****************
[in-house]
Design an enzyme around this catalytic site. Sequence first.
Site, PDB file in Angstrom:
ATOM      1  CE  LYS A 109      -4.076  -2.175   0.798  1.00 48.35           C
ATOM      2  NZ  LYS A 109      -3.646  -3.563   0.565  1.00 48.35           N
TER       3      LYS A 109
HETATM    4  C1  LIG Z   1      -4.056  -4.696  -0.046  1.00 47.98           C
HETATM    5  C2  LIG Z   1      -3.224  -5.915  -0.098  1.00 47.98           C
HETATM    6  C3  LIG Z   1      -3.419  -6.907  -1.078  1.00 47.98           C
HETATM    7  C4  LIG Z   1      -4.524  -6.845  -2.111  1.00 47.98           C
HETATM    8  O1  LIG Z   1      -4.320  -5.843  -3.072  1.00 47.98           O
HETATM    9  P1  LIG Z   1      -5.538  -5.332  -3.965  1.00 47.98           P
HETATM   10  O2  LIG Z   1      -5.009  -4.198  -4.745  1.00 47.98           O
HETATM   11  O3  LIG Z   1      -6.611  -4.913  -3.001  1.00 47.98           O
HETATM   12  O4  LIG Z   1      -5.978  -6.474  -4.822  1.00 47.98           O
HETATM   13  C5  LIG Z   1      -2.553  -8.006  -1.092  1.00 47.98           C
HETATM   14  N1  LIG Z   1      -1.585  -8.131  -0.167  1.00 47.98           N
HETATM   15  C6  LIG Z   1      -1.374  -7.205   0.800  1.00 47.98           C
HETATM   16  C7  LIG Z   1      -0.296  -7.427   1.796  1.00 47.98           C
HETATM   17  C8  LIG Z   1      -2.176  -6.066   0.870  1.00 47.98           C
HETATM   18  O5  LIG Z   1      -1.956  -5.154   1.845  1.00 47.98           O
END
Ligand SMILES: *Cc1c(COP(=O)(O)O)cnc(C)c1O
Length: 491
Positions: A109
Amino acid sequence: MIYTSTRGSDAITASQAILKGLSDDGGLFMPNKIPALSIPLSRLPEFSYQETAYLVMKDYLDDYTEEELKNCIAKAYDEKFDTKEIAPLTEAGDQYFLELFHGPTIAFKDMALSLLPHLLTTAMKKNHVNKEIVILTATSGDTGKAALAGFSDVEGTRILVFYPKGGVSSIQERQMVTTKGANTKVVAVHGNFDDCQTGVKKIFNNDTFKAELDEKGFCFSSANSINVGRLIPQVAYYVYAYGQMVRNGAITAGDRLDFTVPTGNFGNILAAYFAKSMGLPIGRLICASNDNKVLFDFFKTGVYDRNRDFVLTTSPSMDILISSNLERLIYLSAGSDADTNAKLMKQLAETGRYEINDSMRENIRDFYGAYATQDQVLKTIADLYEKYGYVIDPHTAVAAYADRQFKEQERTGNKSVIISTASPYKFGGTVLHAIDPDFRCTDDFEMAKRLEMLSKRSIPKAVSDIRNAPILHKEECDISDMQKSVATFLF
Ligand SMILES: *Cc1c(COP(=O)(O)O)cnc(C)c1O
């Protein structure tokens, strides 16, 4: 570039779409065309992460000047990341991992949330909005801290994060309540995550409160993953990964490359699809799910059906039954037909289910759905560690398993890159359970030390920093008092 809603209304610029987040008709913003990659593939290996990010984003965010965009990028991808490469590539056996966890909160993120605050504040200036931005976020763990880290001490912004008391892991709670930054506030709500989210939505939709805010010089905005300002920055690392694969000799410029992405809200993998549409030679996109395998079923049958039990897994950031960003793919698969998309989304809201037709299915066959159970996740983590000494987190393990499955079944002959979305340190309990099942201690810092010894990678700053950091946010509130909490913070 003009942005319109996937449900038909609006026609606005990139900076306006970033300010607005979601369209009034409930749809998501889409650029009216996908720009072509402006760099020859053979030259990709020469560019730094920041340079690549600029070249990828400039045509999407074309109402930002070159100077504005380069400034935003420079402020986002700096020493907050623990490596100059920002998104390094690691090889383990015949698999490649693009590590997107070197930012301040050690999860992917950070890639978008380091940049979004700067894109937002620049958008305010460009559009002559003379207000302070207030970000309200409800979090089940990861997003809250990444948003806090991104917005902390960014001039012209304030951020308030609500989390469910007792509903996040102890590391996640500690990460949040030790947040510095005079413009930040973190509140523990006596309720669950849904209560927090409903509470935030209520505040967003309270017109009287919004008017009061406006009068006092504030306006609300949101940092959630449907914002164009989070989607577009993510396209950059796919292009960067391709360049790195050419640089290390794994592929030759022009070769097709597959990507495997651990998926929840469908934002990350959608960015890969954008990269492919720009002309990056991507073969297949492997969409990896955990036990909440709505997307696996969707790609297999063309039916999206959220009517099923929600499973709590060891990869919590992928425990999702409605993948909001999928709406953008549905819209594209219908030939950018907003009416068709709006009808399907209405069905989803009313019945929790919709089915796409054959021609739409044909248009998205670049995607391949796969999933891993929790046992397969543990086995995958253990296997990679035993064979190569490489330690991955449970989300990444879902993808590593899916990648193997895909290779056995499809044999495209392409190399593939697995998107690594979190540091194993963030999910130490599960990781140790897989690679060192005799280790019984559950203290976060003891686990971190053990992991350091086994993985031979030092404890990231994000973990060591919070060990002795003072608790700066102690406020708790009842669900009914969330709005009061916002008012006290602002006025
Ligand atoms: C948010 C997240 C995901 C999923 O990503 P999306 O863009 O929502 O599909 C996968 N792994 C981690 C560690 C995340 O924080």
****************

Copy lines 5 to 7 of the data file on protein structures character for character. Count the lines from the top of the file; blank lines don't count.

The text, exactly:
ATOM      2  NZ  LYS A 109      -3.646  -3.563   0.565  1.00 48.35           N
TER       3      LYS A 109
HETATM    4  C1  LIG Z   1      -4.056  -4.696  -0.046  1.00 47.98           C